The most common way to use games in the classroom is
After Test/Reward Game
A lot of teachers have a reward system where the class can eventually earn something like extra recess or a movie. Why not use a game day? Another great time is after a test. Everyone – including the teacher – is usually tired after the build up to a test, and games can be used to practice a skill in a fun way.
Recently, there has been a lot of discussion about elementary homework. Studies have shown that homework at the elementary level really is not effective. As a teacher I found it difficult to have the time to go over the homework, especially when a good portion of my class didn’t even do it. If you don’t want to do away with homework altogether, you could have a game check out. Students could select a game to take home. Parents could simply sign the planner to show they played – hopefully together!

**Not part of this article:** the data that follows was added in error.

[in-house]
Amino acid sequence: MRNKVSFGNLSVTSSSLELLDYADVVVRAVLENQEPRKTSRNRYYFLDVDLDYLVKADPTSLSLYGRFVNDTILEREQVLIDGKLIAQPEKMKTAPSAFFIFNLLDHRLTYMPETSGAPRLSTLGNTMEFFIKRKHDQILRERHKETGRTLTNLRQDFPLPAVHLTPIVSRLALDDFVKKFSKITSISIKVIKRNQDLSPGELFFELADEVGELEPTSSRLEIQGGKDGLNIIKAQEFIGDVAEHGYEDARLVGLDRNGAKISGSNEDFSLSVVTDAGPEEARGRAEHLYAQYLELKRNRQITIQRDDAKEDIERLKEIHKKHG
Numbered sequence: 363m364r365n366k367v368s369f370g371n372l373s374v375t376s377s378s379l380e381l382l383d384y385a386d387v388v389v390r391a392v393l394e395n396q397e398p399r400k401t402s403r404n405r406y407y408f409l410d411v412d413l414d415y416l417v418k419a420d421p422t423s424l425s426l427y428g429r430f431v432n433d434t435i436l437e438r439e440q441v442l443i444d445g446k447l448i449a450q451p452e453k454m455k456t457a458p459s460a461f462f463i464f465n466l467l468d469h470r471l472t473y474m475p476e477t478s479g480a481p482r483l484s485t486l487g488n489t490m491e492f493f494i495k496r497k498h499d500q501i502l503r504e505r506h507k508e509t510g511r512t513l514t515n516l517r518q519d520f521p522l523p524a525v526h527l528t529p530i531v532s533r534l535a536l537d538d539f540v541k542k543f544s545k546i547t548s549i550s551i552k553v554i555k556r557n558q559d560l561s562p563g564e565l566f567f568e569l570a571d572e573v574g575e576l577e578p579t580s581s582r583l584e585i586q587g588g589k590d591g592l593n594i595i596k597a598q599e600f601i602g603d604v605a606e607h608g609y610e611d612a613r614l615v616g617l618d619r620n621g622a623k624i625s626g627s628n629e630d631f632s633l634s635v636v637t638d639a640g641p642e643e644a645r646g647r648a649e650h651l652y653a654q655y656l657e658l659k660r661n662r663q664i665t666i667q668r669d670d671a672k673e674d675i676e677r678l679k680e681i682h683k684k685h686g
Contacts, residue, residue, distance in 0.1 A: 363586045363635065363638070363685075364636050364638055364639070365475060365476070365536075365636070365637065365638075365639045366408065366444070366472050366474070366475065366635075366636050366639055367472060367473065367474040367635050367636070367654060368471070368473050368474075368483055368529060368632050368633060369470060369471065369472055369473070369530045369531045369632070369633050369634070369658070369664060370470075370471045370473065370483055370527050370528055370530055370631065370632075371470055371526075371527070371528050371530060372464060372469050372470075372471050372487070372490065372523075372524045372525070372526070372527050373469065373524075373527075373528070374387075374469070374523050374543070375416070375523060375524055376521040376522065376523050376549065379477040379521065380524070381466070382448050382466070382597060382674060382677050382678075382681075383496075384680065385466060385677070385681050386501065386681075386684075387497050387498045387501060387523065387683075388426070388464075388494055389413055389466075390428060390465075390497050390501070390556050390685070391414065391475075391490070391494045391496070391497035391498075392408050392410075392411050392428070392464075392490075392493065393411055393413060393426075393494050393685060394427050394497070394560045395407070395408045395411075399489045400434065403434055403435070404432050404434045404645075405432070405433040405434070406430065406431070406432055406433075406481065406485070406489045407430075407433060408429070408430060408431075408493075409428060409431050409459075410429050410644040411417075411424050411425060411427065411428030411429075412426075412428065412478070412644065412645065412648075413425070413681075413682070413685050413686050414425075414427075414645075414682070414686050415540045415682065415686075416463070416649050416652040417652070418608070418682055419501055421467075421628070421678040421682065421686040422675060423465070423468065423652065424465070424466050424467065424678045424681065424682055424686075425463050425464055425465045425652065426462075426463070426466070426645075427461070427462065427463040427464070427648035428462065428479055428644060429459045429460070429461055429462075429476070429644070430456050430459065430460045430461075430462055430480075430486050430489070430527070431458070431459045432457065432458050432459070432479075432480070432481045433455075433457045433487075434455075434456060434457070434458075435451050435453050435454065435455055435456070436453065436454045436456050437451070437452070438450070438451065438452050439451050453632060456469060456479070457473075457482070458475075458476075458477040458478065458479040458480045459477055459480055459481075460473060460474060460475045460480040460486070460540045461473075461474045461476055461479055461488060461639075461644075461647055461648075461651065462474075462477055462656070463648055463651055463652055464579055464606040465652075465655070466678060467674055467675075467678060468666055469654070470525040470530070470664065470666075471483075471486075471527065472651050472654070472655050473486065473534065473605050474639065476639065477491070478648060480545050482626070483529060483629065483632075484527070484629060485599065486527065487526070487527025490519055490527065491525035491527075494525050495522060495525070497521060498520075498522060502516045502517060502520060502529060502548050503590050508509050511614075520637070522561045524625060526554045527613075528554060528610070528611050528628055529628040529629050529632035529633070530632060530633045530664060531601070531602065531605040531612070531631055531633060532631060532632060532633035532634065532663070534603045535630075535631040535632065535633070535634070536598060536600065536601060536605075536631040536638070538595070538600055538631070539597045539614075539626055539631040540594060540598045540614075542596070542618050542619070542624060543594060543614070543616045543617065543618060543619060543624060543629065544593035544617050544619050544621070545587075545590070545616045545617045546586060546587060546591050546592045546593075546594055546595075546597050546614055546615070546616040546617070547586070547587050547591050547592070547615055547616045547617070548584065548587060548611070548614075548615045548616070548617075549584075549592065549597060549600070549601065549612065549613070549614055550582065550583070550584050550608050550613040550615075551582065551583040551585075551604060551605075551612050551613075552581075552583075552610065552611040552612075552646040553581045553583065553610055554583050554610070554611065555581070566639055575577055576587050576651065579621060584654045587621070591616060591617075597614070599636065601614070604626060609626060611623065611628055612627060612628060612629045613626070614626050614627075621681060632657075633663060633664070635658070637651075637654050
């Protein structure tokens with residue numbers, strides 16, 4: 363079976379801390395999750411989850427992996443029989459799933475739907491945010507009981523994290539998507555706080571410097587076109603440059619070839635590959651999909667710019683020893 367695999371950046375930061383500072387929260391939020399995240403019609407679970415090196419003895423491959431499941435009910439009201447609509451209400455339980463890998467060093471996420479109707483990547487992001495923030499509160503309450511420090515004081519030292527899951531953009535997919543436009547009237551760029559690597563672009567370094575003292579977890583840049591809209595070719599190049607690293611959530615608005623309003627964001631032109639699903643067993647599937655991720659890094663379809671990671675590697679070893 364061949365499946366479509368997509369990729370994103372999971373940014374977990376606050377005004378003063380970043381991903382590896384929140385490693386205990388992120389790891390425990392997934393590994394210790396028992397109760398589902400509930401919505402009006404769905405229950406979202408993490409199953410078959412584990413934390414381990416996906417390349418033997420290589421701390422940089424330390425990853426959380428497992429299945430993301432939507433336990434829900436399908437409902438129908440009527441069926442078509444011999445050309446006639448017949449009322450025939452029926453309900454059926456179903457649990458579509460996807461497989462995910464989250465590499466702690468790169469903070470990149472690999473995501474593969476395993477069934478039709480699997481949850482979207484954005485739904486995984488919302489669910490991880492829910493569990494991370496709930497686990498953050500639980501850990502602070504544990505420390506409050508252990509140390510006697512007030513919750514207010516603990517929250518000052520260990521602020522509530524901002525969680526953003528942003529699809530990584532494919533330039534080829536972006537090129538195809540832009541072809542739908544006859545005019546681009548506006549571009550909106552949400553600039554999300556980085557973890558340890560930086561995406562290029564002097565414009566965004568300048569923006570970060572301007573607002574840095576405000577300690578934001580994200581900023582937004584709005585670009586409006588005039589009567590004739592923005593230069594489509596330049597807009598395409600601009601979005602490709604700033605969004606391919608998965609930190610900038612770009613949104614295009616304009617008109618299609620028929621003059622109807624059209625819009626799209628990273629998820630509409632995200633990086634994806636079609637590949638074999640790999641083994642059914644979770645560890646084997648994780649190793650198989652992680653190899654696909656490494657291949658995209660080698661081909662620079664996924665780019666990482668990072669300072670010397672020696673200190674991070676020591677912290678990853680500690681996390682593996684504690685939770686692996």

If you plan to use games for homework, keep in mind that some students don’t have anyone at home that can/will play a game. You would want to have some choices that could be played with one person. Or something they could teach family easily. Matching games are good for this.
Parent Game Party
Many schools are looking for ways to involve parents. I’ve also had a lot of people ask me for activities for student/parent parties. That is a great method to use the games, because teachers from the grade level could spread out and help teach different games to families. (Remember, not all families play games and know the rules! I learned that the hard way.)